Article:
Two months into half-marathon training, there's a topic that keeps coming up during the group runs: digestive issues. Between the four of us, there have been failed experiments with breakfasts, runs cut short, bathroom breaks, and even skipped sessions all due to an upset stomach. Come race day, none of us want to be stranded at mile nine looking for a Porta-Potty, or worse — the real-life nightmare that results from having nowhere to go!
There's already a lot of information on the right (and wrong) foods to eat before a long run, but even the best precautions can lead to digestive woes. Sports nutrition expert, trainer, and triathlete Ben Greenfield is no stranger to the scenario and has learned some solid ways to navigate a tumultuous tummy on race day.
What Can Help
Soda water: Feeling a little bloated or uncomfortable before the gun goes off? Trade your glass of still water for one with bubbles. Carbonated water acts as a natural antacid and can help reduce painful feelings of a gassy stomach.
Peppermint Tums: To ward off any stomach issues during the actual race, Ben advises carrying a small roll of Tums with you. Ben's found that these fast-acting tablets can put a quick end to most stomach issues.
Ginger tea: If an upset stomach is something you deal with often, make ginger your new morning friend. This root is widely used to treat nausea and improve overall digestive health. Ben makes his own ginger tea by boiling the root in hot water.
All-natural laxatives: If you find yourself worried about what could happen out on the course, Ben says a natural laxative is the way to go. Oxygenated magnesium (in the form of "MagO2") and Magnesium citrate (in the form of "Natural Calm") are his top choices. Ben says to take it the night before or in the very early morning. "Then simply get up, have some hot tea or coffee, and take your time waiting for things to move along."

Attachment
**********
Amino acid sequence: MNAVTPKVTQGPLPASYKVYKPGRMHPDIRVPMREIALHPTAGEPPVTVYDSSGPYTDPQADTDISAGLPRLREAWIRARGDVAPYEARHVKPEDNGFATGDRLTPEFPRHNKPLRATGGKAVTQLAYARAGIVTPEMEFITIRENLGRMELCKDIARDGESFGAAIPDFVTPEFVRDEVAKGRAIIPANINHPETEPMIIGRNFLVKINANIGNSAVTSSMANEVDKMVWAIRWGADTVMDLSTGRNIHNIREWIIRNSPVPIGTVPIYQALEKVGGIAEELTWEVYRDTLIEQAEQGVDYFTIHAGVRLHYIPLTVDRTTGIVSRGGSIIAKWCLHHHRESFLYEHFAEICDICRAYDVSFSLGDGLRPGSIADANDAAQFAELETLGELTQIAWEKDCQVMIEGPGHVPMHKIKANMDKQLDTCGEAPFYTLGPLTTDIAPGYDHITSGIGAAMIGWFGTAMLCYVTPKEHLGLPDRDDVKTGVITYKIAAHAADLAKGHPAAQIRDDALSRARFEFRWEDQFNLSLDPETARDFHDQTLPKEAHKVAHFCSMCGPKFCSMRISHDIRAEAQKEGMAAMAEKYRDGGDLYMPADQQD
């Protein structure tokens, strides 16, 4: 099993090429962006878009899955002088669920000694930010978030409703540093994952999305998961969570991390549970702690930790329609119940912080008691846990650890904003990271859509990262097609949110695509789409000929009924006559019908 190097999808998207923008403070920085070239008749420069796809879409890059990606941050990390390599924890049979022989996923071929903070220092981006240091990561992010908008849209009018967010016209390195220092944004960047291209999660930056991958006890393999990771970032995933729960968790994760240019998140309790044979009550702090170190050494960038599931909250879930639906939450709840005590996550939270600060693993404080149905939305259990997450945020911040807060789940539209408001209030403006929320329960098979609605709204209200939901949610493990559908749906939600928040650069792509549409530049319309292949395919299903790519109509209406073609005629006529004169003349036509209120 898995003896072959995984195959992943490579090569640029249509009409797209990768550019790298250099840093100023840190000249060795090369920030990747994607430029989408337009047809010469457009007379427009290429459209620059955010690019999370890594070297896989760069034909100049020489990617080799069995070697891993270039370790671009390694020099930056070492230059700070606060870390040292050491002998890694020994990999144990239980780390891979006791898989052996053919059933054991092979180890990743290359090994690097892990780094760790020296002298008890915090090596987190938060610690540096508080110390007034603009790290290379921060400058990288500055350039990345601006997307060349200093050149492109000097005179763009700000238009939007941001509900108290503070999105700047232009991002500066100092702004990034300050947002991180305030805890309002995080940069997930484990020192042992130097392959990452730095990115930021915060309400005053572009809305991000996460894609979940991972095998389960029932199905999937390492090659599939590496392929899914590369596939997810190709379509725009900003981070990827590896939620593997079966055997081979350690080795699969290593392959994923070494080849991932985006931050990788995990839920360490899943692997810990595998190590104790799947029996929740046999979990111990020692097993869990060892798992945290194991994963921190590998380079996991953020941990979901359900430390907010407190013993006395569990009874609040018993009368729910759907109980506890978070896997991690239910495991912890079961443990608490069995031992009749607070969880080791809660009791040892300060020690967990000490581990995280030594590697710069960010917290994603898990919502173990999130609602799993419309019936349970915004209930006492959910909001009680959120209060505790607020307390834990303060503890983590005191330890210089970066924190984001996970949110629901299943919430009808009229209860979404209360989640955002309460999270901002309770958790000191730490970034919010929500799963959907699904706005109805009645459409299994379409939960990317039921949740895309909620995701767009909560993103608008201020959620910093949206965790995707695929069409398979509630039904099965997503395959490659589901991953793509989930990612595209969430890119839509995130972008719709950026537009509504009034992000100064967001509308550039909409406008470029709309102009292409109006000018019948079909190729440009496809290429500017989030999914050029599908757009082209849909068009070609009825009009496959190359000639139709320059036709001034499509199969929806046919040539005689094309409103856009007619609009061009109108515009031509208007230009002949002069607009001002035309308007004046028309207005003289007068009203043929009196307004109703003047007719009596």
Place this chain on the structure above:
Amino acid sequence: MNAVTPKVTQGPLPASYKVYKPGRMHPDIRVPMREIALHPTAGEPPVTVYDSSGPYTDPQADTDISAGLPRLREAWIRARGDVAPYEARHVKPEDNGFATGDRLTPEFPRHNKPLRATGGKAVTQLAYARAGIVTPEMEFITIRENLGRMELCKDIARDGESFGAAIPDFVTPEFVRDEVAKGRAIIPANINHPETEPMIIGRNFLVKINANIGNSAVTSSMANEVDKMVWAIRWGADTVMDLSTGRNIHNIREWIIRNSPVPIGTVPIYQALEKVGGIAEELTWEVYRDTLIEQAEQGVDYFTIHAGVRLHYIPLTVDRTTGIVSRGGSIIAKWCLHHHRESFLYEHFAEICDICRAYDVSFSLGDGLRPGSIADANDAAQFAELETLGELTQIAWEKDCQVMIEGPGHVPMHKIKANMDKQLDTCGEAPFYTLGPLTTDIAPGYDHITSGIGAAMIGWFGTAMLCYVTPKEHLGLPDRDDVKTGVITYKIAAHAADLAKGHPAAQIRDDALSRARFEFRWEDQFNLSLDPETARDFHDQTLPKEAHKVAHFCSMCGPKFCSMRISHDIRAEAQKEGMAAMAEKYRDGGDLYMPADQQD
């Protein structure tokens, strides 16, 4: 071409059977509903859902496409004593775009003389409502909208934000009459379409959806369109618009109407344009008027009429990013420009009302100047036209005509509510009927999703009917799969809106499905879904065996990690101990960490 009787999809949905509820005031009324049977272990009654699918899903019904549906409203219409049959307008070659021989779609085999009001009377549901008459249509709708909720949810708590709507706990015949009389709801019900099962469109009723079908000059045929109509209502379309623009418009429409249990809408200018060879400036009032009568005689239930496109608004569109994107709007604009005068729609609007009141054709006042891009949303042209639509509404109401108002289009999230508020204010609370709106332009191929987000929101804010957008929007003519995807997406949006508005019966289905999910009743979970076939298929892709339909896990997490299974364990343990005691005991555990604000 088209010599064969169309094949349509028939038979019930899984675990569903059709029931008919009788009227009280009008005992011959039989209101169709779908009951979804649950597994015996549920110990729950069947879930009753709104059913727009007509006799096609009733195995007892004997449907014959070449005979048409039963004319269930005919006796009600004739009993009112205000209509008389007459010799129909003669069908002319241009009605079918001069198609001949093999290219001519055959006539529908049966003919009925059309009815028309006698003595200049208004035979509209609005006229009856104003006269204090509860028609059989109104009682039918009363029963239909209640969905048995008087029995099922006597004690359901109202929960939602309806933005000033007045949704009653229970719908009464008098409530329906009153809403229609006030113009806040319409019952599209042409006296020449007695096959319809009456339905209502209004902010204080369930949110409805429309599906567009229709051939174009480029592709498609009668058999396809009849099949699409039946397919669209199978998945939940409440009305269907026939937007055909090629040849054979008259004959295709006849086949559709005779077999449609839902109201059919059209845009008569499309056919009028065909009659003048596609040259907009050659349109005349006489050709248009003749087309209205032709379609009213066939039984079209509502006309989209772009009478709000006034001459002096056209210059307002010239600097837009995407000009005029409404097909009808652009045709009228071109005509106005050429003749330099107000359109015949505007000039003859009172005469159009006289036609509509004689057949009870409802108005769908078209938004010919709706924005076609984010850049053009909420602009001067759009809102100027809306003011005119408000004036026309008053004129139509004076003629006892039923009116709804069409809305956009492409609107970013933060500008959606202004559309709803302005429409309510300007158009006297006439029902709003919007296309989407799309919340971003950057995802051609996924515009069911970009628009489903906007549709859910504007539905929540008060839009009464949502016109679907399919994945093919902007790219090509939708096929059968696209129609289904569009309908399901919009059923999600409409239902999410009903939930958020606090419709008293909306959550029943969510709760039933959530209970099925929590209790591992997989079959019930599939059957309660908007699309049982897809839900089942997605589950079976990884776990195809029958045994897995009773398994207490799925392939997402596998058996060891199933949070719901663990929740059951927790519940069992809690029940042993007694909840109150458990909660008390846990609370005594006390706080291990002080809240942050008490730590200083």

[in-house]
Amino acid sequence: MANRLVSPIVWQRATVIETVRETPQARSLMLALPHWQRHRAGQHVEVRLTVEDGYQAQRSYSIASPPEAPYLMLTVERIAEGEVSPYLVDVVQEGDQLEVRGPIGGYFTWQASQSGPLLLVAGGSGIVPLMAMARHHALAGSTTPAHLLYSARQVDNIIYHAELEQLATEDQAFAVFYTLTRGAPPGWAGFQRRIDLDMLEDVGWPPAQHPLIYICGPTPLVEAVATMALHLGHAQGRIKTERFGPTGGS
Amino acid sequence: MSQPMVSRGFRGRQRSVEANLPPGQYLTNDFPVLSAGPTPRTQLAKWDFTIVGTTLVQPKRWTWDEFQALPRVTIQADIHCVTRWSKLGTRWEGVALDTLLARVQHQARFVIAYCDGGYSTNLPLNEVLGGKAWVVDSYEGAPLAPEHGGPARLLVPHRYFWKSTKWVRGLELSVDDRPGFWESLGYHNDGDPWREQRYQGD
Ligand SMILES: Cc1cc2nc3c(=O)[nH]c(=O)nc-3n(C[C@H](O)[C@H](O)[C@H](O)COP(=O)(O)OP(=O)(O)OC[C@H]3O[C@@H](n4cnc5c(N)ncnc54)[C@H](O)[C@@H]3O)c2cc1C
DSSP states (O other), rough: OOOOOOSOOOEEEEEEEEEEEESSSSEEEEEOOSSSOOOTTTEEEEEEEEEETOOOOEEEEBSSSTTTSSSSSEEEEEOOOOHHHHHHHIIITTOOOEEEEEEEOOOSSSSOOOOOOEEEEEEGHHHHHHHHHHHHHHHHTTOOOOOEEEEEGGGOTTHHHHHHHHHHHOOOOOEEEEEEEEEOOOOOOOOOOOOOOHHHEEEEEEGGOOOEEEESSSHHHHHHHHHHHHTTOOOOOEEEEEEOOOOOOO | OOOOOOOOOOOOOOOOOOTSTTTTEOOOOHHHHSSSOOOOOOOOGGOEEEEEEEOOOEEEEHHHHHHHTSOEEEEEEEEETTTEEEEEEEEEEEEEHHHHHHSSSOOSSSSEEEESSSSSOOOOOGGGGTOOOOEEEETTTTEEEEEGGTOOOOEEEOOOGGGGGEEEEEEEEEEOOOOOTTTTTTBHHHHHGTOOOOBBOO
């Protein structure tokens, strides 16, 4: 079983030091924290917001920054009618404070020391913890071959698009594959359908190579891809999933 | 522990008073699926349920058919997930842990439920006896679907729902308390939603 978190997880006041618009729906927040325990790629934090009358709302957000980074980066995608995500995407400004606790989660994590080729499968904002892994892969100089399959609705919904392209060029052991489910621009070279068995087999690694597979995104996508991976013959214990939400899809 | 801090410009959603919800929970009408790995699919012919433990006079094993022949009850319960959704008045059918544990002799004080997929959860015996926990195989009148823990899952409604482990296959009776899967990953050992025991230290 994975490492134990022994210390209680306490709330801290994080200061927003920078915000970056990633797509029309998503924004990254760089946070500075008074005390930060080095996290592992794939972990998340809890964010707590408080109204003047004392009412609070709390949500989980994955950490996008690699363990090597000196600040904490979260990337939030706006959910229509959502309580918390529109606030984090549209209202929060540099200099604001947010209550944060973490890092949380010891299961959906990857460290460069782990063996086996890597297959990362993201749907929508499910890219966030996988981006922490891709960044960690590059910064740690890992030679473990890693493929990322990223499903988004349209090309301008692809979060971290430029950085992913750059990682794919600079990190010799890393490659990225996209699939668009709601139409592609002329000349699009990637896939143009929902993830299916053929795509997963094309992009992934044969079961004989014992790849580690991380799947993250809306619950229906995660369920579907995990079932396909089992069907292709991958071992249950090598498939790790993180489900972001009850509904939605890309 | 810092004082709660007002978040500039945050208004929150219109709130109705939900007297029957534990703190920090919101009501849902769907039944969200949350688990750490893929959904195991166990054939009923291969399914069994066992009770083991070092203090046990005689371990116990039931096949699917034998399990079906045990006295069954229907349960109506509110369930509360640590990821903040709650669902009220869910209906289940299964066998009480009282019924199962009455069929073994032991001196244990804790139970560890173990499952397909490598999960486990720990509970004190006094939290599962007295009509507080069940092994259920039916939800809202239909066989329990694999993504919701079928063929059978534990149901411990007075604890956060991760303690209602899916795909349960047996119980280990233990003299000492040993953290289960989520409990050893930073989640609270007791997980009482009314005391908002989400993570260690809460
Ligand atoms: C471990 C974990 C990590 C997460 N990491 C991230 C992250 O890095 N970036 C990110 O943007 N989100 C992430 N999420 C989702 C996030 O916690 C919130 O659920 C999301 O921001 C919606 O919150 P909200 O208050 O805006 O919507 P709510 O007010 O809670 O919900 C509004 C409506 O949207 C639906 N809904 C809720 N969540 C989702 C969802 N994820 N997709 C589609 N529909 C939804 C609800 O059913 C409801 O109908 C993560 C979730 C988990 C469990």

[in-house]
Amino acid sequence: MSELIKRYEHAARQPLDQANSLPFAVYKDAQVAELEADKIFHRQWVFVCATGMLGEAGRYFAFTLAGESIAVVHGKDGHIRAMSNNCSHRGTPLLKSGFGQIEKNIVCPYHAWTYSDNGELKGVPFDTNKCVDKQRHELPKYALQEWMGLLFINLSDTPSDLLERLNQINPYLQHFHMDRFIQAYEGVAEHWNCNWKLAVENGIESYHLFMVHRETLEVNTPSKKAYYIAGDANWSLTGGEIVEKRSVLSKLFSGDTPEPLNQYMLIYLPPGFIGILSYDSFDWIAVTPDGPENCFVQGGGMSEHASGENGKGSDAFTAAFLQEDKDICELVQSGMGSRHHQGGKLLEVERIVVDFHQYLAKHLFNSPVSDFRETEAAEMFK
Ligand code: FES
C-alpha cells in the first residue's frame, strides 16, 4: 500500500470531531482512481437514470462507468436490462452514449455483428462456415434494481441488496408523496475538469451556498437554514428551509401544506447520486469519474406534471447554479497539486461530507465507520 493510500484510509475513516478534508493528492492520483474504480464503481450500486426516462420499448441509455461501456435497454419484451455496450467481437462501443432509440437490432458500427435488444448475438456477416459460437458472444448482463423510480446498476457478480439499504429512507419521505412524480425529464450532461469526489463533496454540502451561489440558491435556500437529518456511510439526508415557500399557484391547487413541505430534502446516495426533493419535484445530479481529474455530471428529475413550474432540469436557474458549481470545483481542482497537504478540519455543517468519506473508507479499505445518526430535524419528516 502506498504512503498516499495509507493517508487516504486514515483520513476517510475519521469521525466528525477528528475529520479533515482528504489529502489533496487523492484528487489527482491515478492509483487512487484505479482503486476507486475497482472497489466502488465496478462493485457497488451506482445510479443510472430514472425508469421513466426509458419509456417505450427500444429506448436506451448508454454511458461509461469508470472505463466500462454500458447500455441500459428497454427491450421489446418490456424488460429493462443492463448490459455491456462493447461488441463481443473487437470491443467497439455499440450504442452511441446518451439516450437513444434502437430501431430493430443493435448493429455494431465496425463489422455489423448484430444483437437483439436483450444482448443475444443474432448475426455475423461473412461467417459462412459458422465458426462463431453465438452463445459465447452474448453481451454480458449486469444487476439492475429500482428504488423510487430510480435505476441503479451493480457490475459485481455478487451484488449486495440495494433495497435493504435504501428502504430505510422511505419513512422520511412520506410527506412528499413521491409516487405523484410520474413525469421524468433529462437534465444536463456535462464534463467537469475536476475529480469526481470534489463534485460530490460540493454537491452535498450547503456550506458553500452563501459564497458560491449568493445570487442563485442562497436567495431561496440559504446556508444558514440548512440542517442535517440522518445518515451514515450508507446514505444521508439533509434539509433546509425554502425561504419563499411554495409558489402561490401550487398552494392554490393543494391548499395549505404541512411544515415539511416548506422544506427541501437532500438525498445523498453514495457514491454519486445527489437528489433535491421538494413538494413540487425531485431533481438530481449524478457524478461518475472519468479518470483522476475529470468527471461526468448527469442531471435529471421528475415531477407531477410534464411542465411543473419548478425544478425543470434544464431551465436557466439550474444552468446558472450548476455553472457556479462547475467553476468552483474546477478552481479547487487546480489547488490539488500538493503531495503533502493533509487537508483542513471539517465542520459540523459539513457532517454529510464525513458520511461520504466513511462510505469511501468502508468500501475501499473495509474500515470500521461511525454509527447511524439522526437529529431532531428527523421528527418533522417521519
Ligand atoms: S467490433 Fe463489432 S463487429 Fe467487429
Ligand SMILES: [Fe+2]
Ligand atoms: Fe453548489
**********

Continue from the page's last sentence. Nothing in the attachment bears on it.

What to Avoid
Too much food: You might be eating the right foods, but chances are, says Ben, you're eating too much. "Eat less fuel," he says. "That's the No. 1 cause of tummy aches during a run." He also suggests fueling up before a run with a smoothie, since liquids are much easier for the body to digest (and require less energy to do so). Try sticking to a meal that falls somewhere close to 300 calories. You can reward yourself with a big meal once you cross the finish line.
Watch your caffeine, sugar, and fiber intake: The day before the race, cut out fiber and any artificial sweeteners. Also, race day is not the day to indulge in three cups of coffee in the morning. Instead, aim for one small cup at least two hours before the race. Not doing so "can lead to an upset stomach and GI issues during the run," says Ben.
Skip the painkillers: Unless you've experimented before and know your body can handle it, Ben's warning is simple: "No Advil or ibuprofen. Period." Stomach issues are a common side effect from taking an NSAID; if you have any pain on race day, then reach for acetaminophen.